The USGS maintains a distributed network of computers and fileservers for the storage and retrieval of water data collected at approximately 1.5 million sites around the country. The goal of NWISWeb is to provide an easy to use, geographically-seamless interface to this large volume of USGS water data maintained in 48 separate NWIS (National Water Information System) databases nationwide. This data includes site information, time-series (flow, stage, precipitation, chemical), peak flow, ground water, and water quality. Data is updated from the NWIS sites on a regularly scheduled basis; real-time data is transmitted to NWISWeb several times a day. NWISWeb provides several output options: real-time streamflow, graphs of water-levels and water quality, data tables and site maps; tabular output in html and ASCII tab delimited files; lists of selected sites as summaries with reselection for details. To overcome the vulnerabilities of our distributed structure USGS has developed a system, NatWeb, that will provide reliable access to data and information via the World Wide Web and back-up for real-time data processing during emergencies and outages. NatWeb is a robust, distributed system of mirrored web servers that will seamlessly provide public access to locally managed data and information from internet gateways.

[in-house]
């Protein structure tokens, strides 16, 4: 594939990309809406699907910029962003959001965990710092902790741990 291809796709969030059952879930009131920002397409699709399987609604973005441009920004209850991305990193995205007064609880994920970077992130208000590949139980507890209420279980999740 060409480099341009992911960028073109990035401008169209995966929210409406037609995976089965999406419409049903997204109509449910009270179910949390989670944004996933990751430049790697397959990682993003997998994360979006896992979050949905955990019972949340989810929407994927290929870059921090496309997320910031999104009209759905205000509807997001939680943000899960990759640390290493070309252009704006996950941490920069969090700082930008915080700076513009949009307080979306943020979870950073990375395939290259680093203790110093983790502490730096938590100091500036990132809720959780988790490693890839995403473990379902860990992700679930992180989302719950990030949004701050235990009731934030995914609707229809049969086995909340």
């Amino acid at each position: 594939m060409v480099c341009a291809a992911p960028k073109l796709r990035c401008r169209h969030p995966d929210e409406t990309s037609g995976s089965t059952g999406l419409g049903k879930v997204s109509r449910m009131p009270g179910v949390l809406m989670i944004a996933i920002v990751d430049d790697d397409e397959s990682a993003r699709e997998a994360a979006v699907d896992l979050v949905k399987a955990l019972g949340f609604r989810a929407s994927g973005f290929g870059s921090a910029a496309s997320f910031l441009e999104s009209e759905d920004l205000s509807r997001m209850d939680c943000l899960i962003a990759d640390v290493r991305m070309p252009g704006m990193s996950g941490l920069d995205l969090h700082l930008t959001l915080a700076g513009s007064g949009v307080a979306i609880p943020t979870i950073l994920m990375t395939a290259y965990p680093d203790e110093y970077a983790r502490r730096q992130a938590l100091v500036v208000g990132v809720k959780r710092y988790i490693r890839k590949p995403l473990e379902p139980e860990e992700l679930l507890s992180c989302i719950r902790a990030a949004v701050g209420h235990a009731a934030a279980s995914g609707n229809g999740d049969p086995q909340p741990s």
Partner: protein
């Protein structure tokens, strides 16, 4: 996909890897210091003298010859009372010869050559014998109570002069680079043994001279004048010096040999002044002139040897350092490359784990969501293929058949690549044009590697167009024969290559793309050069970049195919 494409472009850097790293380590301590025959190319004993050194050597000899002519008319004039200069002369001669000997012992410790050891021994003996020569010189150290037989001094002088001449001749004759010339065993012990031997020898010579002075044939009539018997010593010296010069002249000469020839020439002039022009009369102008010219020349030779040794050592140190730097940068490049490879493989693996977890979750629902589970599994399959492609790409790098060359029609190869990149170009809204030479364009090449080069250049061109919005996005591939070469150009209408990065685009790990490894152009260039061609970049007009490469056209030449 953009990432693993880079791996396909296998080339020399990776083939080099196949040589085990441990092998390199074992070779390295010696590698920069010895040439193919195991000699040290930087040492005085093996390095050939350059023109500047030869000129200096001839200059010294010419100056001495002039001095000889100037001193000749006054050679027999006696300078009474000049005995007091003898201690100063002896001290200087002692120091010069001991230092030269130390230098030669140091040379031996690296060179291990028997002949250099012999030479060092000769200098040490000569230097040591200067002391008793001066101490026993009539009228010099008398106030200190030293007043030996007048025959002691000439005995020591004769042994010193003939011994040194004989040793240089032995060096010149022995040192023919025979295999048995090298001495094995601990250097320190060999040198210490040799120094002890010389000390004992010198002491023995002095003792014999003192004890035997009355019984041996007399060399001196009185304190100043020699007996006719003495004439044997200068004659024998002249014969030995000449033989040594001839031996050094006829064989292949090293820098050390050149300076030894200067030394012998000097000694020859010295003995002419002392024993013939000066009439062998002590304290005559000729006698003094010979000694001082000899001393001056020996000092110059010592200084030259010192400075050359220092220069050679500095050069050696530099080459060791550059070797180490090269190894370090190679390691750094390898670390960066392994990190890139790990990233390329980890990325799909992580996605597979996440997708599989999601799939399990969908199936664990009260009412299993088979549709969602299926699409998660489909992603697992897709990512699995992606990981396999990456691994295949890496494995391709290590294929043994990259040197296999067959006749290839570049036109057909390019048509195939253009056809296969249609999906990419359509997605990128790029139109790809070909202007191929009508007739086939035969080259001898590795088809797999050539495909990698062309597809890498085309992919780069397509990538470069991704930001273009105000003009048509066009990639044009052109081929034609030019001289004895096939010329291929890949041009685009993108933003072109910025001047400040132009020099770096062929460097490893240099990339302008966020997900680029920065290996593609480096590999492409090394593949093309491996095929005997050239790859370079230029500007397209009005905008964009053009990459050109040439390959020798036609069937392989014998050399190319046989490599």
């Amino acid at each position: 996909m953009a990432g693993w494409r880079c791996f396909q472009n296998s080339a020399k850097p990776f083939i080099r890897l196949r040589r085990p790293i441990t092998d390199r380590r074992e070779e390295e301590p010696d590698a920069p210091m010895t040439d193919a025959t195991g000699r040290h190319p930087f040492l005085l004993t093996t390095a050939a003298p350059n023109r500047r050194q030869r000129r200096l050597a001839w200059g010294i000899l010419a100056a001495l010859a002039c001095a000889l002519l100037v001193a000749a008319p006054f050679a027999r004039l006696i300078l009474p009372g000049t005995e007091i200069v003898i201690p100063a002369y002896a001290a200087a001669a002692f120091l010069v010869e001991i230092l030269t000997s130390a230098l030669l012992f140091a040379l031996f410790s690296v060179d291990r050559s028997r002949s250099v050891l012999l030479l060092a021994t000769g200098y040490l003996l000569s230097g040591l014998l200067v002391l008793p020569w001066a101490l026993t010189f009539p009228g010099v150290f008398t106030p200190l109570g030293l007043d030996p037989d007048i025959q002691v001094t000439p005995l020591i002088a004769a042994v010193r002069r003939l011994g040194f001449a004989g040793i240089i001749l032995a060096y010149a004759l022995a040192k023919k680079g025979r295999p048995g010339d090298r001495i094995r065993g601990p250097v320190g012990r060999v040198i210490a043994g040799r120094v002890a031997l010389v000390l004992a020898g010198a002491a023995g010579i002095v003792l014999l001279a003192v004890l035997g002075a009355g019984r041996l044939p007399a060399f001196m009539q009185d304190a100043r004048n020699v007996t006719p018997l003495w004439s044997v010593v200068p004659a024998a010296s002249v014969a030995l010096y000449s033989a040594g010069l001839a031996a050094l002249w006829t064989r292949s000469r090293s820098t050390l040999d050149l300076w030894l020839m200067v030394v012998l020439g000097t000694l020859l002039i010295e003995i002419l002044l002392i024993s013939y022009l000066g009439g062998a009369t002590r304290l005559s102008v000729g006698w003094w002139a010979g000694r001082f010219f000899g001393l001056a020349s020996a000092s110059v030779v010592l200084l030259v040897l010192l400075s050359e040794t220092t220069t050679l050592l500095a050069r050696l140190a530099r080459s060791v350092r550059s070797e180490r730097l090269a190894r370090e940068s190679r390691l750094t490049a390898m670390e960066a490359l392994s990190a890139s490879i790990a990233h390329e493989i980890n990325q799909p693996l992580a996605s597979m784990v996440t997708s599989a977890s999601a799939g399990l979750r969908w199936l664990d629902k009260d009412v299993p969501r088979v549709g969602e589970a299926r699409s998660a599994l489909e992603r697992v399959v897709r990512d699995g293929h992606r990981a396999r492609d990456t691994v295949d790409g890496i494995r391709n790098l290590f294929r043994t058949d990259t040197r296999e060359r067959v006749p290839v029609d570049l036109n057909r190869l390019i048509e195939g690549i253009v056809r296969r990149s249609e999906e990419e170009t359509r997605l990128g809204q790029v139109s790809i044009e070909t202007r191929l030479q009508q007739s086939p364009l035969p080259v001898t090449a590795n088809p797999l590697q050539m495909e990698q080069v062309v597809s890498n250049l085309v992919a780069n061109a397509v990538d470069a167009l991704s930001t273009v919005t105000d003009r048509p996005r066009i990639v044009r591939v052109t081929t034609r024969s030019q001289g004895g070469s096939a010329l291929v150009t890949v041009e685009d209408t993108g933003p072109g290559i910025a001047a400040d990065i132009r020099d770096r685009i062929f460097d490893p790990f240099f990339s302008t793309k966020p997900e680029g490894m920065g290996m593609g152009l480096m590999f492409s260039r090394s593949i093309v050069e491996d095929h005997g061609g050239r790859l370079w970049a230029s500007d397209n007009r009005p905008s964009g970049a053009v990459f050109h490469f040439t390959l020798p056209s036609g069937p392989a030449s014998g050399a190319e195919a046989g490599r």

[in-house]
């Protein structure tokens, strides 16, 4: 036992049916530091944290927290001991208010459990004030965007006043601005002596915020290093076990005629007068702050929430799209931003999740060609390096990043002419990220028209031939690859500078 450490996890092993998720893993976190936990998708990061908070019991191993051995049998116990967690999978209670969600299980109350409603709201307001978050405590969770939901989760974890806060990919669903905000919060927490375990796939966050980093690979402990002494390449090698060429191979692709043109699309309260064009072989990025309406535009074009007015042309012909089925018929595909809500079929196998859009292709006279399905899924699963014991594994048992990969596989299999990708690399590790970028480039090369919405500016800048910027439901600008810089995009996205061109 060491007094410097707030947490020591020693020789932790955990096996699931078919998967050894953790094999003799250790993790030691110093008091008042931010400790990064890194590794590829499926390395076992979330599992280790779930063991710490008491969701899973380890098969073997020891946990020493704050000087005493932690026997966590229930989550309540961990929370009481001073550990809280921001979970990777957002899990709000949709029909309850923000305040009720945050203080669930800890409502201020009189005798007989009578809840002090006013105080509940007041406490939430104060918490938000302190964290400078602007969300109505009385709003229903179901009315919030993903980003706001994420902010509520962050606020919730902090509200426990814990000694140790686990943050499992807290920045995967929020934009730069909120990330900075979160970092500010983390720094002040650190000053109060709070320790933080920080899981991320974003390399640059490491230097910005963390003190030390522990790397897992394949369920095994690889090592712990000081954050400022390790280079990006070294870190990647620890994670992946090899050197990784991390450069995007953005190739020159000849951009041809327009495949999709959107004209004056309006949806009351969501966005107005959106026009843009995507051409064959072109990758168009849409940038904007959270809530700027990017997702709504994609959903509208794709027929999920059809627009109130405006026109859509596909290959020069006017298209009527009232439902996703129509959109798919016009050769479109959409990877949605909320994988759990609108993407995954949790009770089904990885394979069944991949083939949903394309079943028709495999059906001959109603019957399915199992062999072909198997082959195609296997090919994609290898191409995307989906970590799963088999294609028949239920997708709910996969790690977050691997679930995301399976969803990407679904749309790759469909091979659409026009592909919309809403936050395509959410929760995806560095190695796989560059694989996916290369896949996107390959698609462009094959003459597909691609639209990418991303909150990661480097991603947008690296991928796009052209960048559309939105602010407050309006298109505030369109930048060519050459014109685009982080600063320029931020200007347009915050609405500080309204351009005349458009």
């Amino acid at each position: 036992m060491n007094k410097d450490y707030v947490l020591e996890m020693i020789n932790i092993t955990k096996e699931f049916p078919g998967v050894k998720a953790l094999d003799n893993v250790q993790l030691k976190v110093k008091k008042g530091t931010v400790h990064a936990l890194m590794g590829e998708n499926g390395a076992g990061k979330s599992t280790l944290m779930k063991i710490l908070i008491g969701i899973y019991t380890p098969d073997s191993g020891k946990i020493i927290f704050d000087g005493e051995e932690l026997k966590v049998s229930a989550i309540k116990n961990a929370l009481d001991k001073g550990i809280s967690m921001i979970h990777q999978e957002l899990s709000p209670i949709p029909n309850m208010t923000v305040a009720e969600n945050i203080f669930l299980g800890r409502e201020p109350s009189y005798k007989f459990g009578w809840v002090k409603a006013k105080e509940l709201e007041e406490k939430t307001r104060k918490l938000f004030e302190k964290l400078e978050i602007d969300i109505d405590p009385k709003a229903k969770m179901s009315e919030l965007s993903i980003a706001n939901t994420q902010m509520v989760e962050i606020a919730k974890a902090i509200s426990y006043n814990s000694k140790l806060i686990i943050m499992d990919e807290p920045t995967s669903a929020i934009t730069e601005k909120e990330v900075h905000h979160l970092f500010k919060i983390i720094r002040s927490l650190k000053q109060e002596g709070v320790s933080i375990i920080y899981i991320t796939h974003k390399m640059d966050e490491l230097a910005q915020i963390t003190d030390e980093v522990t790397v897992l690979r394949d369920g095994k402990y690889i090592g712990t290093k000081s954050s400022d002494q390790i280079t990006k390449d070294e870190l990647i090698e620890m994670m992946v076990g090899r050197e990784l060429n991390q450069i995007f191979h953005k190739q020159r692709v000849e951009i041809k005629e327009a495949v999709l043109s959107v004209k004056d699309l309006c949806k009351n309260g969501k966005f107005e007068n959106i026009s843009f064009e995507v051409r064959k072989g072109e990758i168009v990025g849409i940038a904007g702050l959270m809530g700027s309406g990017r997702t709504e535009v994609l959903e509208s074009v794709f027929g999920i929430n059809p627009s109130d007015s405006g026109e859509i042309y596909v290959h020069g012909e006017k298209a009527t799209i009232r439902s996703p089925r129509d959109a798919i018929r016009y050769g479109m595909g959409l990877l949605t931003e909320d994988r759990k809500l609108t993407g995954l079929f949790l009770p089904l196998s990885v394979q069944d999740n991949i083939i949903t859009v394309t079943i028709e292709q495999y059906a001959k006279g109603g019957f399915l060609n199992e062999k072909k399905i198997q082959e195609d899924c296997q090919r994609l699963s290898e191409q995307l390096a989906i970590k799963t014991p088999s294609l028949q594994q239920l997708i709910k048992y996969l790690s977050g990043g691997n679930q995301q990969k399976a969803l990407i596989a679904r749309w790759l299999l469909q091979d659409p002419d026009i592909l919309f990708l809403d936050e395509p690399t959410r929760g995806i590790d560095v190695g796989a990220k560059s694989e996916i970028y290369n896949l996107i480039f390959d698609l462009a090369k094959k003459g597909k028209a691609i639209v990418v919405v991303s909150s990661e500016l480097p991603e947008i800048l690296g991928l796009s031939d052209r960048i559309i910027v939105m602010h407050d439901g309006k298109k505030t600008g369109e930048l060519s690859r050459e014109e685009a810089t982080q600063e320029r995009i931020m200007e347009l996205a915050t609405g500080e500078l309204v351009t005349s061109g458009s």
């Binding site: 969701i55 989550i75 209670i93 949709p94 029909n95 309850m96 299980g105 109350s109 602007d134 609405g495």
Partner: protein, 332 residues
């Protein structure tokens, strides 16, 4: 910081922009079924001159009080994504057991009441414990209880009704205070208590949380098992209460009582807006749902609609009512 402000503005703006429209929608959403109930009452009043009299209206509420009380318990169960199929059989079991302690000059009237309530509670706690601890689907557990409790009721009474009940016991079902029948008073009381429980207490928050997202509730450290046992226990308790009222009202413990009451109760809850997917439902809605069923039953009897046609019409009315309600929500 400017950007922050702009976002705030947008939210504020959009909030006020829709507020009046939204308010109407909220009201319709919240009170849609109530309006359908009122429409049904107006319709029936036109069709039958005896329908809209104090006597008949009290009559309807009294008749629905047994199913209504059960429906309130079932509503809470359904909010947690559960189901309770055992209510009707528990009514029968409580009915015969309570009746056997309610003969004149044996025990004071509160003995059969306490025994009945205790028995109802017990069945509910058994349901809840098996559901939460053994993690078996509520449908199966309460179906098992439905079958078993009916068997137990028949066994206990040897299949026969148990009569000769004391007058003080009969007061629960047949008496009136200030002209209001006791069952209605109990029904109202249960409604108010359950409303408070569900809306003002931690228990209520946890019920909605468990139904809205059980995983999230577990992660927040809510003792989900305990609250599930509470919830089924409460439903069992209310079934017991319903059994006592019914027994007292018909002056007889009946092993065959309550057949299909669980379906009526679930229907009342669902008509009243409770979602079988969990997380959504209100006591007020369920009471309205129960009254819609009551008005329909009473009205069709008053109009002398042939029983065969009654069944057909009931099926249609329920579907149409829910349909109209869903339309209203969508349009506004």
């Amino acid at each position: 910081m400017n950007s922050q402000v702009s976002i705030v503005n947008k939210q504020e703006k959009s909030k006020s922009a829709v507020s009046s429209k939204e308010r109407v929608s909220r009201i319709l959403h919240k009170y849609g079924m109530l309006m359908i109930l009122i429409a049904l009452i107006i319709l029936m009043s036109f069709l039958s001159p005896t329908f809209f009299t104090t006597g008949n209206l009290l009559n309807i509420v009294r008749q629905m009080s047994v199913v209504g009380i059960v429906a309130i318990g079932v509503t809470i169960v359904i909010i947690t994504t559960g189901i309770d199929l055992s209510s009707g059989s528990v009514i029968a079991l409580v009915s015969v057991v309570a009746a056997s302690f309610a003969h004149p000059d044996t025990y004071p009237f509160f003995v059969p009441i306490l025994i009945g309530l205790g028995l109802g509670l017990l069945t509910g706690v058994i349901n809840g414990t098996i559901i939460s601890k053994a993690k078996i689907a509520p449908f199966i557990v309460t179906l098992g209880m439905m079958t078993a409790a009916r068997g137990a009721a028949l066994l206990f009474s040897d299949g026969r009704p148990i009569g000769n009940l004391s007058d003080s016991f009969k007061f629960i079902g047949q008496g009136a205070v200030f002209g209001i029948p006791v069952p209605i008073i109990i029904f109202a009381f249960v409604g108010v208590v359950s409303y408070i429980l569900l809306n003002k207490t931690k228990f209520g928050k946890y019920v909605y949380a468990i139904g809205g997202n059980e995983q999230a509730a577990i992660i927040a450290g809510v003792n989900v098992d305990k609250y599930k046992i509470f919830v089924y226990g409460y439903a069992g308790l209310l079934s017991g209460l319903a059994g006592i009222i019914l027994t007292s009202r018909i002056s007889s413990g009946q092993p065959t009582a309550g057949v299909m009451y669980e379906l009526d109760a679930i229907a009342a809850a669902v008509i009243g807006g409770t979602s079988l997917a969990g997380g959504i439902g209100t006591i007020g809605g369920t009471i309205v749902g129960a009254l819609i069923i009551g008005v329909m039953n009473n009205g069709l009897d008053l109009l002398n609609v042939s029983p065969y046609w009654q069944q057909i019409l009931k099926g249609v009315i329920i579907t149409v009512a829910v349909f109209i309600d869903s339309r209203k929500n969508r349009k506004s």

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The Guaraní aquifer (1.200.000 km2 in Brazil, Paraguay, Argentina, and Uruguay) is one of the world's largest underground freshwater reservoirs. Being a trans-national aquifer leads to a need of agreements which should address the actual and future uses as well as the cultural, social, administrative, and legal features of four different countries. Recently, the Global Environment Facility (GEF) has launched a sustainable management water resources project for the Guaraní aquifer, with future investments of U$A 25.000.000 granted by the World Bank. As applied to the objectives of the integrated water resources management, an Internet-based site would help in: (a) displaying the existing information for the direct benefit and knowledge of all stakeholders and decision-makers or water managers; (b) letting know -prior to their implementation- new developments initiatives, studies, active policies, etc.; and (c) allowing the stakeholders to voice their comments and suggestions. Hence, the Internet site should host at least the following information: layout of the aquifer on a map with national and state boundaries, management agencies both at the federal and state levels, federal and state laws or regulations referred to water resources, natural resources, and environmental protection, library of publications dealing with the Guaraní aquifer, and a list of on-going studies and development projects.